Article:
You can’t go anywhere these days without multiple cameras pointing at you.

So is the surveillance worth the security that comes with it? Or is the constant onslaught of closed circuit video prying too far into our private lives?

Closed circuit television systems are turning up on every busy street in the country. (Pixabay)

 

City agencies and police may be fighting to overcome technology gaps if the attempt to ban facial recognition software passes in San Francisco.

According to reports from the Star Tribune, the California city is fighting against the growing power behind facial recognition technology. The highly accurate software is being employed in more and more public areas to help combat criminal activity and monitor for safety. 

A move to pass legislation aimed at regulating the use of surveillance by city departments will be voted on by the Board of Supervisors on Tuesday. 

But if it passes, some say it won’t necessarily impede police work.

(Wikipedia Commons)

 

Officials from San Francisco PD say they stopped testing the advanced software back in 2017.

The Tribune notes that, “recent advances in artificial intelligence have created more sophisticated computer vision tools, making it easier for police to pinpoint a missing child or protester in a moving crowd or for retailers to analyze a shopper’s facial expressions as they peruse store shelves.”

The legislation is backed by Aaron Peskin, who says that it’s imperative to get citizen insight on the matter, considering the extreme potential for abuse. Plus, studies have shown that there are still many issues involved with the technology, especially when it comes to false positives.

Deeper analysis has shown that error rates in these systems built by Amazon, IBM and Microsoft were higher for darker-skinned individuals, adding to the controversy behind using the video tools for criminal investigations and legal proceedings.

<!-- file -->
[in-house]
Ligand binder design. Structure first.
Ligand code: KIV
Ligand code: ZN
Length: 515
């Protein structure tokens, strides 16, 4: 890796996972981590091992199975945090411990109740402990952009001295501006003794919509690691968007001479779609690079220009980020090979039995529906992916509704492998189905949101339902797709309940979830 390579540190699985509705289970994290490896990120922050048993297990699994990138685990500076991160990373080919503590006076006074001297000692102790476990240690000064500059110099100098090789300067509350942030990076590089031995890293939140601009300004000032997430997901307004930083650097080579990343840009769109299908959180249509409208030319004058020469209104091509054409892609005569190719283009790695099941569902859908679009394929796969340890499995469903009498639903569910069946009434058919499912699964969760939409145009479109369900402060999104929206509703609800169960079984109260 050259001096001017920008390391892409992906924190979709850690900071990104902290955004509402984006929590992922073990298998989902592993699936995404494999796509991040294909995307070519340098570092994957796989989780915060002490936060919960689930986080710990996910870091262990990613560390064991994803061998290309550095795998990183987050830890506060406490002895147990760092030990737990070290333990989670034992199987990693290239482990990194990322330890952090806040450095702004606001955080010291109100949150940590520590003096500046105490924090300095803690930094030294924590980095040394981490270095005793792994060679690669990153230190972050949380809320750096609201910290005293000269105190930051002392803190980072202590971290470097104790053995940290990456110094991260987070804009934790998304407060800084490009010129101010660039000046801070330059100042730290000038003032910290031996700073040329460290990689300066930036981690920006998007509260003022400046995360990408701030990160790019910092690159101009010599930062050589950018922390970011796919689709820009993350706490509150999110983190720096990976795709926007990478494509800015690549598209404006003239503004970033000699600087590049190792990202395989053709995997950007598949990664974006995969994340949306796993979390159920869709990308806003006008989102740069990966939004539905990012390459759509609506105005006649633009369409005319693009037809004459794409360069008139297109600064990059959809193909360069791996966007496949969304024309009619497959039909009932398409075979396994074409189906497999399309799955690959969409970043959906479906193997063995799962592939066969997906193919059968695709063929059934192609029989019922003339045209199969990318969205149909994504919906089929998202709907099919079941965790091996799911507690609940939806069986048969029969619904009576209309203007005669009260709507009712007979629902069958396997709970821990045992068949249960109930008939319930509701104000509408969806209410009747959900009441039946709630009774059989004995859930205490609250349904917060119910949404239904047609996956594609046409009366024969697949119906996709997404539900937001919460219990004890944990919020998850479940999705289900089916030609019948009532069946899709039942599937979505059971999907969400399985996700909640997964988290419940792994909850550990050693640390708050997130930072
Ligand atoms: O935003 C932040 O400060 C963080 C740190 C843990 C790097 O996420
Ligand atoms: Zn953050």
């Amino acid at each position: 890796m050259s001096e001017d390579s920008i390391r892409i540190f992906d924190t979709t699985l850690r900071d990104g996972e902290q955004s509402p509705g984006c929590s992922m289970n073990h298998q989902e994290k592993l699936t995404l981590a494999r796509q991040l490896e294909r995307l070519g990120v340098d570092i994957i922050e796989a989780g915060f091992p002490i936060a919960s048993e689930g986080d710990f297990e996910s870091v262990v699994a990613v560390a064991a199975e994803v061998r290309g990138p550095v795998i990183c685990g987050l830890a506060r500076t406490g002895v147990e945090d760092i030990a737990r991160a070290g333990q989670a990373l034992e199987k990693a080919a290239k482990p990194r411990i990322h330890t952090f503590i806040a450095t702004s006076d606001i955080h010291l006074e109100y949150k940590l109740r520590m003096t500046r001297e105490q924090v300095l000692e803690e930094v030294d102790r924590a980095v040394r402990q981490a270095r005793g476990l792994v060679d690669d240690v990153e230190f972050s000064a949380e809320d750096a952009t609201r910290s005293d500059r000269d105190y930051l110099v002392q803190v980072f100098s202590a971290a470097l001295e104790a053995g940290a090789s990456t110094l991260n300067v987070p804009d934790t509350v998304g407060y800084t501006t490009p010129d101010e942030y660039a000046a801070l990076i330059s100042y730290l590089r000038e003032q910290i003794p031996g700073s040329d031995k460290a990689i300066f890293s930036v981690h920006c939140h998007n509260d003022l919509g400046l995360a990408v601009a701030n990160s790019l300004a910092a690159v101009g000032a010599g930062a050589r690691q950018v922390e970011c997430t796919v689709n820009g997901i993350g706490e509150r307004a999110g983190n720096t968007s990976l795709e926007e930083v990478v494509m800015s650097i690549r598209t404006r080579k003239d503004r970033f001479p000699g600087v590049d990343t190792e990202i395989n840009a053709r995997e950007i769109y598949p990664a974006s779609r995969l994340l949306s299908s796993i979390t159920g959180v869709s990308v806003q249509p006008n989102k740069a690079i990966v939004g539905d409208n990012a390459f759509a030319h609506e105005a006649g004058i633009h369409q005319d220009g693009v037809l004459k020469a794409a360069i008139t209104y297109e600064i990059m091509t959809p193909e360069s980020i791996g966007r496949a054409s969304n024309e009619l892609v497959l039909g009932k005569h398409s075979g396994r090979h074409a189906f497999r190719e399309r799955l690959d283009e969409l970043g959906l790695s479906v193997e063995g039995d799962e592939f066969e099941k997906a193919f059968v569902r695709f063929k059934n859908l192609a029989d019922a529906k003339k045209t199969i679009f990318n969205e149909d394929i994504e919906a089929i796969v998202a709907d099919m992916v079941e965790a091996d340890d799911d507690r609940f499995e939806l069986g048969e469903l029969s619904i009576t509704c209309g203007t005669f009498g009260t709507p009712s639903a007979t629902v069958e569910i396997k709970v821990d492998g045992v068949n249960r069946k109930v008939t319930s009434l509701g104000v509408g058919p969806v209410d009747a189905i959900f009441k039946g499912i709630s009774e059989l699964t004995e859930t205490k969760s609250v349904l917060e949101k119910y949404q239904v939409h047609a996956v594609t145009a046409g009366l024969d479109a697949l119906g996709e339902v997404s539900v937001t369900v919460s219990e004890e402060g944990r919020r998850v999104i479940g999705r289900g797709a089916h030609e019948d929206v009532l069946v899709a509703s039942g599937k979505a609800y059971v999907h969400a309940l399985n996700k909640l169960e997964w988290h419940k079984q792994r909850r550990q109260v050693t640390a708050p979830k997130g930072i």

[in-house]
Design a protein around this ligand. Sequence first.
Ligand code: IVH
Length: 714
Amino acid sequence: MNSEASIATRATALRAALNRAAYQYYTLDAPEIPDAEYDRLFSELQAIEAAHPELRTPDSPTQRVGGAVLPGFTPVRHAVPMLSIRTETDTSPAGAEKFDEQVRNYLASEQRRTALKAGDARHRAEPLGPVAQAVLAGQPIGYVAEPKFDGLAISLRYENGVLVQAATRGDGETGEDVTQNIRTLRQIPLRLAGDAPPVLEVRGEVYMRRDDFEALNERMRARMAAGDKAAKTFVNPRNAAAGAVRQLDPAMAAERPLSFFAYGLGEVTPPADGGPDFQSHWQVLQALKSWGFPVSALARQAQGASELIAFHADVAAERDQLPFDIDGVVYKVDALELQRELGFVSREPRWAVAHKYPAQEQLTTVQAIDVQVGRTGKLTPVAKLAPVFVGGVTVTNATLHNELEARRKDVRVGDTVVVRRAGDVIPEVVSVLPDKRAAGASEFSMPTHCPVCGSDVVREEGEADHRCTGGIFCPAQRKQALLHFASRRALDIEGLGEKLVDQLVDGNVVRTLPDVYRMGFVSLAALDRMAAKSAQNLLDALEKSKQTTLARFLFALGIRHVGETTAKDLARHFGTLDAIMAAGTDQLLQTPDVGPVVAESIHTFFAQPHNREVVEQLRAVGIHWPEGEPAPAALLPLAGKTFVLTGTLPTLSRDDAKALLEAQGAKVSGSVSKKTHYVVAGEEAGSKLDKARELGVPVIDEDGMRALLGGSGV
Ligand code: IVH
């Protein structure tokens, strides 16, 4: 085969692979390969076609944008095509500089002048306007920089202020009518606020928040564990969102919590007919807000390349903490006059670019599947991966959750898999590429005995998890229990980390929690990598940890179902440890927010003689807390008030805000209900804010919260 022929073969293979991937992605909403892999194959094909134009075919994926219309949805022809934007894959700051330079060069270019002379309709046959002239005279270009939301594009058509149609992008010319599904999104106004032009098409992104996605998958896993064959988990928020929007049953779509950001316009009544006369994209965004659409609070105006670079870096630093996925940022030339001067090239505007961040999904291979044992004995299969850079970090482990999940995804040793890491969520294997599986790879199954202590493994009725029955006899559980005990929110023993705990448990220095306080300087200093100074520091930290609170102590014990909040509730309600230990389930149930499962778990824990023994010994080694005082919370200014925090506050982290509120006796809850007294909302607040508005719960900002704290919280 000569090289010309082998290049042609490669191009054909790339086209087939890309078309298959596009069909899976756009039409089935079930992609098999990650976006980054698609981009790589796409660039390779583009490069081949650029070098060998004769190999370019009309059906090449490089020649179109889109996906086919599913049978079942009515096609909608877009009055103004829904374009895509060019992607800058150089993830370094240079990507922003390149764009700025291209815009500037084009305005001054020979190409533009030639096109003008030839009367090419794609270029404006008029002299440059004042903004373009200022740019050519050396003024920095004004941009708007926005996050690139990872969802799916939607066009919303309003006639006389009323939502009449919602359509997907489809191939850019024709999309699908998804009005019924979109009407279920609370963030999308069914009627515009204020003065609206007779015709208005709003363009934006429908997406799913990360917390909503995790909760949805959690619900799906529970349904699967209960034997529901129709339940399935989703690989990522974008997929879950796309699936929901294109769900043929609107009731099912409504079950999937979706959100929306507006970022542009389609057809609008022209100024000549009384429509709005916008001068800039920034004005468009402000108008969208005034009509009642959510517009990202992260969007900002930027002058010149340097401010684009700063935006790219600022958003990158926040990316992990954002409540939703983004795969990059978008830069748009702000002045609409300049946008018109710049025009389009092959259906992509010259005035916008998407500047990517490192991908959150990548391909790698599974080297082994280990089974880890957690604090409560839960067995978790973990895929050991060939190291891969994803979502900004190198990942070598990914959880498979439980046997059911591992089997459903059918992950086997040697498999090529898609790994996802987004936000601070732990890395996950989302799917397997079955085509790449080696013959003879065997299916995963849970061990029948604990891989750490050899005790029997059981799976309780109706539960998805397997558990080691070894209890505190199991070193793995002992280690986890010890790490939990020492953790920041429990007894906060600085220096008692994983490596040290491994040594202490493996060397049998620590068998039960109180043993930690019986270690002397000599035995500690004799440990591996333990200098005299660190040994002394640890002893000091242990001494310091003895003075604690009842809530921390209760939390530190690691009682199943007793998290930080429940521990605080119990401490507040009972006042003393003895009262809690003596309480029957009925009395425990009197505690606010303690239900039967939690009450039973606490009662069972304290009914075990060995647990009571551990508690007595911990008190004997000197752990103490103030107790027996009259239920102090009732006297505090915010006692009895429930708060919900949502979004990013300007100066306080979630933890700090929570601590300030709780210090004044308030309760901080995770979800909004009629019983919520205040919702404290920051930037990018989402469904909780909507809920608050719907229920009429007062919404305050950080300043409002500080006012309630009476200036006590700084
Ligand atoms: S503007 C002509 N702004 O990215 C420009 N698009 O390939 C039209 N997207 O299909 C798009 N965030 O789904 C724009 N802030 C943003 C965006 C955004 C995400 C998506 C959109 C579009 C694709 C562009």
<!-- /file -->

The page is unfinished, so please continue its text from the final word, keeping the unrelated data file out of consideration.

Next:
Matt Cagle is an attorney for the Northern California ACLU. He says that the technology poses major threats for tracking individuals, especially in a city known for its higher concentration of public protests. 

“If facial recognition were added to body cameras or public-facing surveillance feeds, it would threaten the ability of people to go to a protest or hang out in Dolores Park without having their identity tracked by the city,” Cagle said. 

Reports have recently surfaced that China is swarming with surveillance. ‘Every move’ is being captured, allowing those with access to the footage and technology to retrace the steps of crime victims, wanted criminals and anyone of general interest. 

Critics have largely argued that too much government monitoring is dangerous to society, denying citizens their right to privacy.

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So the question is — do the benefits outweigh the negatives?

Is foiling a potential terror attack on U.S. soil and saving lives worth keeping tabs on all Americans? Or should we pull back from this dystopian-tool before it becomes the norm?

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